There seems to be a strong movement towards recording as much as possible live, in a relatively naturalistic setting. Would you agree, and does this make for more ‘honest’ music?
Really? I would argue that the opposite is true. There's definitely been a movement towards making recordings that sound like they're live cuts. I think there's an app for that now.
Is the track Memoir the first time you have recorded this yourself?
No, it was b-side to 'The Waves' a couple of years ago, but this is the first time I recorded it with a group.
Did you specifically write Memoir for Charlotte Gainsbourg? How did this come about?
Someone from her record label saw me playing a show in Paris and asked me if I'd like to write a song for her. I'd already written the first two verses of Memoir but I'd never known where to take it. When I imagined her voice singing it, the song suddenly wrote itself. It was so weird.
And Wichita Lineman? Why this song?
It's just such a beautiful song. It's one of my favourites.
When listening to your back catalogue did you find yourself disappointed with anything, therefore giving impetus to wanting to re-record anything in particular?
No, I'm proud of everything I've made so far. I don't listen to most of it and I can't identify with a lot of the choices I made, but it's all just a document of where my head was at at the time. They feel like photo albums to me. Embarrassing sometimes but ultimately worth keeping. If a song sounds unfocused to me, I know that it's because I was feeling unfocused at the time. If it sounds dishonest, it's because I was exploring dishonesty. It's all worthwhile because I know for a fact that it was all written out of love. 
Why the title of the album?
It's such a dramatic declaration of commitment and that's what the session as a whole meant to me; diving into a feeling head-first and letting it take you where it wants to go. It's dangerous and naïve but most journeys are if they're of any worth.
With Darling Arithmetic, your writing became more personal. And less use of metaphors and symbolism? I’m sure there a number of factors behind that, but could it also have been put down to a heightened confidence, and desire to speak from the heart, as it were?
It's the only thing that was fuelling the fire so I had no choice. I don't necessarily feel like I'm in the driving seat when I'm making music or writing words. I had a lot of ghosts to deal with, mostly relating to love or lack thereof as well as the constant low level hum of bigotry which I've experienced since birth. I've been screamed at and chased down the street for kissing my lover but the experiences that hurt the most are often far more subtle and embedded than that.
For many, The big news this year was the Irish becoming the first country in the world to legalise marriage equality via popular vote. What did you think the result would be? And has there been any improvement in terms of less homophobia or bigotry, etc?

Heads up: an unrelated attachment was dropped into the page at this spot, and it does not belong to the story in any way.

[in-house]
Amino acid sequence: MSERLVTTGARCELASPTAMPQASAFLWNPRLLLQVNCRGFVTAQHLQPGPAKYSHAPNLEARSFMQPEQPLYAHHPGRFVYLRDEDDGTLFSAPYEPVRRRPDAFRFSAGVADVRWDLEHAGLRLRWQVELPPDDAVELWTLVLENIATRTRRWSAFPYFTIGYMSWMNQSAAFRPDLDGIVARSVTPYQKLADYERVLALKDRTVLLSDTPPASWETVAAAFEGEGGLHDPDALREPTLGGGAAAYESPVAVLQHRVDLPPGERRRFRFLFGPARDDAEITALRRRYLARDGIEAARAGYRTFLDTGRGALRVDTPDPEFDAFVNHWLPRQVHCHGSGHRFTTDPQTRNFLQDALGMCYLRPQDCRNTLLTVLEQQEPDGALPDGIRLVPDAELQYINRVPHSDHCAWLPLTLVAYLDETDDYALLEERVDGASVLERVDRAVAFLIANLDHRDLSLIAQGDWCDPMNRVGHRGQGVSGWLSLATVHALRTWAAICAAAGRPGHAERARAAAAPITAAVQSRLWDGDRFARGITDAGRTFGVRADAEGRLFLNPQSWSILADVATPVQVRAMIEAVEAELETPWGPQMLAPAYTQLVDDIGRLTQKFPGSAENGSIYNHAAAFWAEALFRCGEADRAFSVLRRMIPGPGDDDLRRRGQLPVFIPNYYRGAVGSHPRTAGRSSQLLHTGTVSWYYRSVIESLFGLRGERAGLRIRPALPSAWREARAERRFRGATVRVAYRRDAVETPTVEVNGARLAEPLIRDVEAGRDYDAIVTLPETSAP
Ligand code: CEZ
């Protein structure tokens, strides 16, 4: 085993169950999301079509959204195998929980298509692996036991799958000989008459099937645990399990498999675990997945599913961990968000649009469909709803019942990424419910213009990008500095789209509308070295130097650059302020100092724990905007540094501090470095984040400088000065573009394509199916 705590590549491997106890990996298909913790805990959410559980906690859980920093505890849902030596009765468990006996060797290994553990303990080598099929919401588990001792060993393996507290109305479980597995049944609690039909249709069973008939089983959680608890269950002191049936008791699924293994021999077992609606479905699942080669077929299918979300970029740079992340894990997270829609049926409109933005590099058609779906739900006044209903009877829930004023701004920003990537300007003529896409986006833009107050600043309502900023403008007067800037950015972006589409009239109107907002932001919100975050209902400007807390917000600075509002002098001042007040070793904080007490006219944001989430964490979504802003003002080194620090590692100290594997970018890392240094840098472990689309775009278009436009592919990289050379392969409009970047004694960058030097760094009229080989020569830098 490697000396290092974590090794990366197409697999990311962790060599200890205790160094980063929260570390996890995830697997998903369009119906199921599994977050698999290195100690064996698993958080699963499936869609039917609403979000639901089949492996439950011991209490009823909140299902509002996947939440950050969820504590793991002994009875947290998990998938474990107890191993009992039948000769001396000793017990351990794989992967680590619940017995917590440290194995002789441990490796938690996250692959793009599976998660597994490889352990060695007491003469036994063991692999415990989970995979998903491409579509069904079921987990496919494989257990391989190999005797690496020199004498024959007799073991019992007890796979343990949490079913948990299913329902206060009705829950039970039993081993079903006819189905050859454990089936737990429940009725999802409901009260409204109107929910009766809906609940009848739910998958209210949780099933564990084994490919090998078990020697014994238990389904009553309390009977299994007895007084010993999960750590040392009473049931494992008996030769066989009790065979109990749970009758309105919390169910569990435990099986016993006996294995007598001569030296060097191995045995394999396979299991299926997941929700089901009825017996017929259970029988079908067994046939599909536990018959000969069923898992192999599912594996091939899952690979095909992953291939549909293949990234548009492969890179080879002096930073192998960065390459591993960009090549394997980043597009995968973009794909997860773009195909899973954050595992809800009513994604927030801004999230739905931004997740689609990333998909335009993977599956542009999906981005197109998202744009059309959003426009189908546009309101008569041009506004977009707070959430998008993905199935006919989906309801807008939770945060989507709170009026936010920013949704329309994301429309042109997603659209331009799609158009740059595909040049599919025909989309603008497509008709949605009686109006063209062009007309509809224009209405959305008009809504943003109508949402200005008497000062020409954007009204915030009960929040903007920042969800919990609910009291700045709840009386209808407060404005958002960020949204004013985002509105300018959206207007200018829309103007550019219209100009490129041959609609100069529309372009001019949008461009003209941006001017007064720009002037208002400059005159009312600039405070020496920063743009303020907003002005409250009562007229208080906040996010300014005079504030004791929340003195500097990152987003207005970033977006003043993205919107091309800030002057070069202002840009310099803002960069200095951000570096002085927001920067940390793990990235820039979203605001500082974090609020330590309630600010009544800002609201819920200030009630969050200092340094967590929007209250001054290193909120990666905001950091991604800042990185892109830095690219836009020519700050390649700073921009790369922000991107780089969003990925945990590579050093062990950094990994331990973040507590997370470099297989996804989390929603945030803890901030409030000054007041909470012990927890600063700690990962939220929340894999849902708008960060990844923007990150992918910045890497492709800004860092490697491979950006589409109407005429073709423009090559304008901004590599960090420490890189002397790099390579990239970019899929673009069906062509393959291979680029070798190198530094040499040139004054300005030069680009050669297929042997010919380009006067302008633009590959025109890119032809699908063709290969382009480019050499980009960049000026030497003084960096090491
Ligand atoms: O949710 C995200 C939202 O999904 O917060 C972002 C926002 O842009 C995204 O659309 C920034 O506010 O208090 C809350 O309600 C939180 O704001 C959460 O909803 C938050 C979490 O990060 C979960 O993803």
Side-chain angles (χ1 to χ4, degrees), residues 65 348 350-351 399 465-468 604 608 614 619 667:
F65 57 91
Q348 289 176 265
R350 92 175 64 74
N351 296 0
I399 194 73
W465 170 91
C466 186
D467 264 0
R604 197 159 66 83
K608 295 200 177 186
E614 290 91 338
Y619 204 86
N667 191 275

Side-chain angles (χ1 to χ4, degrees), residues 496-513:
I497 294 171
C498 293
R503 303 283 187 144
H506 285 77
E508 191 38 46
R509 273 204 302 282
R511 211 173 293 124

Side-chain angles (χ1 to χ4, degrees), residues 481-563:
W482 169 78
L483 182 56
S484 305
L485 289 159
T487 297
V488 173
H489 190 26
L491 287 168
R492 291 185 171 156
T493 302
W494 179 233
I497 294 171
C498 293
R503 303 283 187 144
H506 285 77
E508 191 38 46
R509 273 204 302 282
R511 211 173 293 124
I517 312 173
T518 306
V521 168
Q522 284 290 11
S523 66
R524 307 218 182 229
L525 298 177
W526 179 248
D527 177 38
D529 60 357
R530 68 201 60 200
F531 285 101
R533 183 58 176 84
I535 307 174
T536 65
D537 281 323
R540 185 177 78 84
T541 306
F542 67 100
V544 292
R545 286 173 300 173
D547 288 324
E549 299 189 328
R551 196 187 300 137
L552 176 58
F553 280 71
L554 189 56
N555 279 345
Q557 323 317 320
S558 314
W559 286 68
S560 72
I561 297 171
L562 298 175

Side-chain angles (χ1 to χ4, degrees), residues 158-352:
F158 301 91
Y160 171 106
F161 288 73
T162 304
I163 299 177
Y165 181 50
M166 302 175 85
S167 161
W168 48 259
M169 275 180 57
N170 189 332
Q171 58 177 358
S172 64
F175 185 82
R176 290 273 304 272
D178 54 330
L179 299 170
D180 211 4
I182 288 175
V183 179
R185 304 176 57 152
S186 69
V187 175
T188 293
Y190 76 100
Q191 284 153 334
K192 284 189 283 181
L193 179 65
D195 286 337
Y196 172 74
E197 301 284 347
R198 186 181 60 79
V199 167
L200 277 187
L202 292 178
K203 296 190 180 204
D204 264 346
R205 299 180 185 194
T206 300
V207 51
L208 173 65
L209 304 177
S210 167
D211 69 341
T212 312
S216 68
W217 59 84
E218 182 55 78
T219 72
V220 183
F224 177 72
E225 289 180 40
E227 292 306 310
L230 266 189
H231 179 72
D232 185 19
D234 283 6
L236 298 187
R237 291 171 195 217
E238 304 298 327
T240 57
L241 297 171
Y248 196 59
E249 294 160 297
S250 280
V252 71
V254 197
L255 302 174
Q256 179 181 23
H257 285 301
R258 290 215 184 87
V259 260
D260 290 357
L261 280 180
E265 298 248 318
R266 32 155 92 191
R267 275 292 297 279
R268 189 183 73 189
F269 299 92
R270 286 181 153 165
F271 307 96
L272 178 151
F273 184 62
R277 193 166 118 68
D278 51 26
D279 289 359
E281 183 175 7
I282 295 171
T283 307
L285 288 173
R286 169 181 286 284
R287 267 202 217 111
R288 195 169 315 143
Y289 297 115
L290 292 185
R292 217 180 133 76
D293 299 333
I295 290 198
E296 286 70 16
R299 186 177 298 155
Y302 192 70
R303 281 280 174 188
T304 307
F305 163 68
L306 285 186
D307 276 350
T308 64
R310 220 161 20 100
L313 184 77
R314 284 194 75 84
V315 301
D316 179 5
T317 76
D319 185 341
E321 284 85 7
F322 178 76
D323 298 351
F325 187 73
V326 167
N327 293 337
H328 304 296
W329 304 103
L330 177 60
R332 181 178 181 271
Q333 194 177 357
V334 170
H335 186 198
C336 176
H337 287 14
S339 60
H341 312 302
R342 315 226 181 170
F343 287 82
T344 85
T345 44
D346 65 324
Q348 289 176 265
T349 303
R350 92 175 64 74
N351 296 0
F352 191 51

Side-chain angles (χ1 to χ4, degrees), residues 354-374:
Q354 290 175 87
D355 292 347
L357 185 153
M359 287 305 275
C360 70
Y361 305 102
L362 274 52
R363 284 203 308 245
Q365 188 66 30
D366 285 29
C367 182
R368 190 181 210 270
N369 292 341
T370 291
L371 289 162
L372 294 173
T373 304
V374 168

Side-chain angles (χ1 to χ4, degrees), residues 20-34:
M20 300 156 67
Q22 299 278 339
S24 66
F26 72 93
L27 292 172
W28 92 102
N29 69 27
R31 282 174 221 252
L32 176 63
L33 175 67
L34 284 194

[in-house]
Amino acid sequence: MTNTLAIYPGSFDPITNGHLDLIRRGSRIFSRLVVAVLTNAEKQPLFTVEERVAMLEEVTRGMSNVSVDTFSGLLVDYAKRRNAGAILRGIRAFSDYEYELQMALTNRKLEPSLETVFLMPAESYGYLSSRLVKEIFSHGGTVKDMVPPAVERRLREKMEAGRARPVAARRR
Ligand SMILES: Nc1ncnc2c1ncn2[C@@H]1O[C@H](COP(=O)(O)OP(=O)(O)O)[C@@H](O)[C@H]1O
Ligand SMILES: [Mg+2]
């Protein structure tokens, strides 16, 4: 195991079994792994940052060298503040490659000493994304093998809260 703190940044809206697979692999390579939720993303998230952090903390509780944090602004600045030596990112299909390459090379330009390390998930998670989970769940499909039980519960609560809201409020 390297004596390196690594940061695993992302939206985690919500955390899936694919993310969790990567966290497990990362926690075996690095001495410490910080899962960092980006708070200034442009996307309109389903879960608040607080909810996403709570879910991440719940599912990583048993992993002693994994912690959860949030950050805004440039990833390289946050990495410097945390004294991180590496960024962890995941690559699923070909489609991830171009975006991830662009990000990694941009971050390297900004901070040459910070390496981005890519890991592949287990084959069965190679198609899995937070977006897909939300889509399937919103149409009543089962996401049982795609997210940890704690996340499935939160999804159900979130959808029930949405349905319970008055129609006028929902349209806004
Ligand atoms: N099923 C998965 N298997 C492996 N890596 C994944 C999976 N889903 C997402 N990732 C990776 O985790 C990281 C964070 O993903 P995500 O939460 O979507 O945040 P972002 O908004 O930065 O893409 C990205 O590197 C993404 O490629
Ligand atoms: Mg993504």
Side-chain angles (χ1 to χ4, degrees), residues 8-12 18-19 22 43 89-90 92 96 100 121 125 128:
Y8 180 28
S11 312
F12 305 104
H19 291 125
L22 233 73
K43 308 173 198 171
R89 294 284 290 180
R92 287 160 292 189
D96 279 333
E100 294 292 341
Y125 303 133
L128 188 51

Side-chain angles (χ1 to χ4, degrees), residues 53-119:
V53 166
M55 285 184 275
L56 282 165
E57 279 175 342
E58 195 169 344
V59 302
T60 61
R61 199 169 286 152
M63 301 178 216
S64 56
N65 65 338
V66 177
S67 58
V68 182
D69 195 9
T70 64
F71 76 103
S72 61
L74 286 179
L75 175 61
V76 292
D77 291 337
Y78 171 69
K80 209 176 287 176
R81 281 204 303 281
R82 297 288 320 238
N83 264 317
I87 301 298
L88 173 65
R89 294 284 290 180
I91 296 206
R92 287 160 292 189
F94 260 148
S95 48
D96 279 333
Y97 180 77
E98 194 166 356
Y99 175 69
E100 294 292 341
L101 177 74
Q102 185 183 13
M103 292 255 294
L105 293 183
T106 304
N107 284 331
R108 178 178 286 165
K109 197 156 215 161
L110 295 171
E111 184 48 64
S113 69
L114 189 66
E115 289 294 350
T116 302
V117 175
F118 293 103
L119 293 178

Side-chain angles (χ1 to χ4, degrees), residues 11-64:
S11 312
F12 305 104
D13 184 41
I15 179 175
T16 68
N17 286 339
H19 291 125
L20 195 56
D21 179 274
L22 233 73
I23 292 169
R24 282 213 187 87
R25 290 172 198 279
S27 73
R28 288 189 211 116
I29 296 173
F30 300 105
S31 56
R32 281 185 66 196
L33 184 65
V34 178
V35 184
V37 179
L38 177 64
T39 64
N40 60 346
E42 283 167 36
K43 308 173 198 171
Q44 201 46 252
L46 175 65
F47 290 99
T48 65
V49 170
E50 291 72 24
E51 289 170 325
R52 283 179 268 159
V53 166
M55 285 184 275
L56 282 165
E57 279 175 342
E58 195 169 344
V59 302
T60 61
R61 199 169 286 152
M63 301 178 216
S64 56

I was quietly confident that it was going to be a Yes until about two days before the vote. I'm actually starting to well up thinking about it. We had two sold out shows in Dublin right before the vote. I felt like my head was about to explode. You're forced into a situation where you actually have to stand for something. Ultimately, that's a very good position to be in except for the fact that I'm not that kind of person. I'm just not. I'm a introvert through and through. I really had to force myself to go out on stage each night and I'm so glad I did. It's a different country now. It still feels impossible for me to hold my boyfriend's hand in public but at least now I know that that's my problem rather than theirs.
For the tour what will your live set up be?
We've got keyboards, harp, flugelhorn, double bass, acoustic guitar, and lots of three part harmonies.
Can I ask you how you go about writing songs; is it lyrics  or music first. Many re-drafts?
It's always different. I've never really had a system. I change things quite often and sit on ideas for long periods of time until they eventually become worthy of an audience.
What are you reading at the moment, and is it good!?
I'm devouring "Love in a Dark Time: Gay Lives From Wilde to Almodóvar" by Colm Tóibín. I like it very much.
Apart from touring, what is the plan for the year ahead? Any new music being worked on, or other projects?
I've just built myself a little studio and I'm beginning to make little experimental pieces of music. I can't seem to write anything except titles at the moment. I just keep writing disconnected sentences that sound like song titles. It's very strange. Besides that I'm bringing the group on tour again throughout late January and all of February. I'm starting to have some ideas.
Jeff Hemmings
Where Have You
Been All My Life
Darling Arithmetic
Becoming a Jackal
Occupy Your Mind